5 Red Flags of Financial Abuse in Relationships

According to the National Coalition Against Domestic Violence, between 94-99% of domestic violence survivors have also experienced economic abuse.

In a world where costs are going up quickly, it’s no surprise that 3 in 4 couples have tension when it comes to money. But there’s a big difference between healthy talks about money and something far more dangerous: financial abuse.

This form of abuse can often fly under the radar but can wreak your finances, self-esteem, and general well-being. The first step to combating it? Awareness.

Here are five red flags that can help you recognize potential financial abuse in your relationship.

1. Financial Secrecy

In a healthy relationship, open communication about finances is a green flag. If your partner insists on keeping their financial matters a secret, beware. It’s one thing to have a private checking and/or savings account for personal spending (both of which my husband and I have). But it’s another when they refuse to discuss their income, expenses, or debts altogether. Financial secrecy can be a sign that something isn’t quite right.

2. Control Over Your Income

Do you feel like your partner is constantly monitoring and controlling your spending? If they demand access to your paycheck, control how or when you access money, or dictate how you should spend it, these are red flags. In financial abuse, you’ve got one person calling the shots when it comes to the other person’s money, leaving the victim feeling helpless.

3. Forced Financial Dependency

A healthy relationship should encourage independence and autonomy. If your partner insists you to depend on them for money and doesn’t want you to work or follow your financial dreams, that could be a problem. Financial abuse thrives when one person feels trapped in a situation where they can’t support themselves.

4. Sabotaging Your Financial Stability

Another red flag to watch out for is a partner who actively sabotages your financial stability. This can include things like maxing out your credit cards without your permission, keeping you from going to job interviews, or intentionally causing you to lose your job. This behavior is to keep you vulnerable and dependent.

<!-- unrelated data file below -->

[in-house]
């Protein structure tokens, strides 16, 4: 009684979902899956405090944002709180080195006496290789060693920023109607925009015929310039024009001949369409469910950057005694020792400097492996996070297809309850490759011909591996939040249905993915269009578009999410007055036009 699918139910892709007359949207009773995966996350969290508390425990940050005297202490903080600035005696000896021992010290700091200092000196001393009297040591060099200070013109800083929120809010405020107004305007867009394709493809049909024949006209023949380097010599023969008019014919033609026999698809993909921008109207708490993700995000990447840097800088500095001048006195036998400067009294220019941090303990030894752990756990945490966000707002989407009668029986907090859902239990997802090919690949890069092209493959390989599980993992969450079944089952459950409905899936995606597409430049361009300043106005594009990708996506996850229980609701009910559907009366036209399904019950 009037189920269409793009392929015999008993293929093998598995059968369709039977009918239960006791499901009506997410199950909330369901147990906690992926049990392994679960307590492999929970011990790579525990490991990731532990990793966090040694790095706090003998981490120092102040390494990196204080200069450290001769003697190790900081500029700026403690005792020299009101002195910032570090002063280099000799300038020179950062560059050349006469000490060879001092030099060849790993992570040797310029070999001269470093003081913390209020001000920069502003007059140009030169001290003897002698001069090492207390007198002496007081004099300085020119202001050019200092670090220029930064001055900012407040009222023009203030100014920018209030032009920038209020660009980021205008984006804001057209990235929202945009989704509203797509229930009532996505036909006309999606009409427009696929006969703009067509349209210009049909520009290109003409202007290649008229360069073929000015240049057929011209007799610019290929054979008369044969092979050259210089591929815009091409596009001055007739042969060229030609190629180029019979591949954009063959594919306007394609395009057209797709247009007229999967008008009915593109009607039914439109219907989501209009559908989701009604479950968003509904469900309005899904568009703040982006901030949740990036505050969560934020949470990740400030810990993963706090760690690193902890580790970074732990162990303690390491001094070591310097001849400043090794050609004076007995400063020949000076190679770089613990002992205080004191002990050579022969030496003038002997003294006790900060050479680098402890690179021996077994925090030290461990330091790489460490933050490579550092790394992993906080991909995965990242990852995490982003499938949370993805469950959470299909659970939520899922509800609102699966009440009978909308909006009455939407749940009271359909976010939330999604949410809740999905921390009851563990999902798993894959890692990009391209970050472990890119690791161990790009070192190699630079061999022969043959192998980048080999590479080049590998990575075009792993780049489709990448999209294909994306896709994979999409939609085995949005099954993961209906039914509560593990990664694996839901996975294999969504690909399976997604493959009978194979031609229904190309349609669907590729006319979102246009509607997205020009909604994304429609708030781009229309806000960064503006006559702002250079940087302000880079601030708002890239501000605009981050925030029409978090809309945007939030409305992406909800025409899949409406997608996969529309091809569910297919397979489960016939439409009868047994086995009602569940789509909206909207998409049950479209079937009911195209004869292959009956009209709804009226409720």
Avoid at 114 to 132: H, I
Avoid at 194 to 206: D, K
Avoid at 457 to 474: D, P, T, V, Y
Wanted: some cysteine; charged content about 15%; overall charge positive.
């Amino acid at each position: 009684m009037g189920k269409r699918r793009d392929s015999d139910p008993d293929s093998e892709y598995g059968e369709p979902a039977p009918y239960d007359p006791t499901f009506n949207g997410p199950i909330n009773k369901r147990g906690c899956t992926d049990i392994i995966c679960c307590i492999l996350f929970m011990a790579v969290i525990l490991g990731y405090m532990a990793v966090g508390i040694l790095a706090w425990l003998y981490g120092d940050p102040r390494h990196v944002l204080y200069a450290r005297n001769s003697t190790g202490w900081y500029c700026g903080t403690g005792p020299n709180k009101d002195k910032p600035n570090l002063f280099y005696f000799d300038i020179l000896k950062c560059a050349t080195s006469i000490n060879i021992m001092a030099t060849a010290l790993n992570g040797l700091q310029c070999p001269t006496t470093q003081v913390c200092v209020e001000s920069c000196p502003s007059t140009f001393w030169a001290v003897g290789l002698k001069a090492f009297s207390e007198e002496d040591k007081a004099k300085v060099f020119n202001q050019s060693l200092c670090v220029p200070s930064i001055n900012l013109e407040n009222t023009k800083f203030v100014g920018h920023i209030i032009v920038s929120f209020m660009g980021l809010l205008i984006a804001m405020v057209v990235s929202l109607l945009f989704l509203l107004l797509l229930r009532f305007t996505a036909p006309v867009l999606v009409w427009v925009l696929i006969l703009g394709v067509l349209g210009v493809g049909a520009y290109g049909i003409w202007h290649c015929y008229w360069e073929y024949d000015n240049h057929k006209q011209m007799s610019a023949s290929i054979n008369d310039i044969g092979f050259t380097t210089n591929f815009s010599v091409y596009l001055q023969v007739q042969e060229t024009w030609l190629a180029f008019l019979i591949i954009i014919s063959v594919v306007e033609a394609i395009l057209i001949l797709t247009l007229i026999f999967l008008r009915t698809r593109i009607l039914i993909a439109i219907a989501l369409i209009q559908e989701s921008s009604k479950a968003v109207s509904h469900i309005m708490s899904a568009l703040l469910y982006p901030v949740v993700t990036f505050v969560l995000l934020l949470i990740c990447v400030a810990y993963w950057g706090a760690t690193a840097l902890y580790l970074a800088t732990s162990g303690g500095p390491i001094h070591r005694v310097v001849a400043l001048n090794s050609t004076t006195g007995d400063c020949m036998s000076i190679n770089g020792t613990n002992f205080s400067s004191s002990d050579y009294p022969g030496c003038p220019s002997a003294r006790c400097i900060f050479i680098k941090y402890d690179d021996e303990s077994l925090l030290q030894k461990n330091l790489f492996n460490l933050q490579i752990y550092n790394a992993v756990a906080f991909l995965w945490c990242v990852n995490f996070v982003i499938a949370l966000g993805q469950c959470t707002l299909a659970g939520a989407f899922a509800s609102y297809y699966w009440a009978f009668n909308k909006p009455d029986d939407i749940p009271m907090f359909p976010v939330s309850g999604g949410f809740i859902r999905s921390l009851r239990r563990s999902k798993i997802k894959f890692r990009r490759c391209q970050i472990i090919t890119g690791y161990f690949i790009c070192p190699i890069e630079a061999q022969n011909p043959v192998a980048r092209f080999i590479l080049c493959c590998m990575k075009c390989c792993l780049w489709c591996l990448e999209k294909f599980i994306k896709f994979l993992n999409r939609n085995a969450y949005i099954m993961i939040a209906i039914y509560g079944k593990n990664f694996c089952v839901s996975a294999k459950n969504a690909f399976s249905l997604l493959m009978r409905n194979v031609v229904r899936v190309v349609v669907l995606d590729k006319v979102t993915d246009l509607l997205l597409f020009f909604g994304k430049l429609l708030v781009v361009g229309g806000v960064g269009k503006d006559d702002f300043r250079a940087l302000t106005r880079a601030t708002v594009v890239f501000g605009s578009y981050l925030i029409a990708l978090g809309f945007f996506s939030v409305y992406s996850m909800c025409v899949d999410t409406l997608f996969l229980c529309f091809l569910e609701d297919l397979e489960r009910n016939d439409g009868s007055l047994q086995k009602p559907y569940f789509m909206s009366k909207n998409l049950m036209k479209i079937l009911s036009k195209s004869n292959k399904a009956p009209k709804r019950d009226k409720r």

5. Manipulative Debt Accumulation

Sometimes, financial abusers use deceitful tactics to rack up debt in your name, leaving you with the burden of paying it off. They may push you to take on debt for them, a car loan, for example. But it could also be taking out loans, opening credit cards, or using your personal information without your knowledge or consent. Discovering hidden debt in your name is a significant red flag. If you do not feel equipped, or safe, to confront your partner about the debt, ask for help right away.

If you are in a financially abusive relationship, the National Coalition Against Domestic Violence outlines steps to take and resources here -> Quick Guide: Economic and Financial Abuse (ncadv.org).

Healthy relationships are built on trust, open communication, and mutual respect. Even when it comes to money. Don’t let financial abuse cut down your sense of self-worth and security. You have the power to break free and build a future that’s healthy.

If you or someone you know if in an abusive relationship, please get help right away by contacting:

The National Domestic Violence Hotline  1-800-799-7233 (SAFE) www.ndvh.org

National Dating Abuse Helpline  1-866-331-9474 www.loveisrespect.org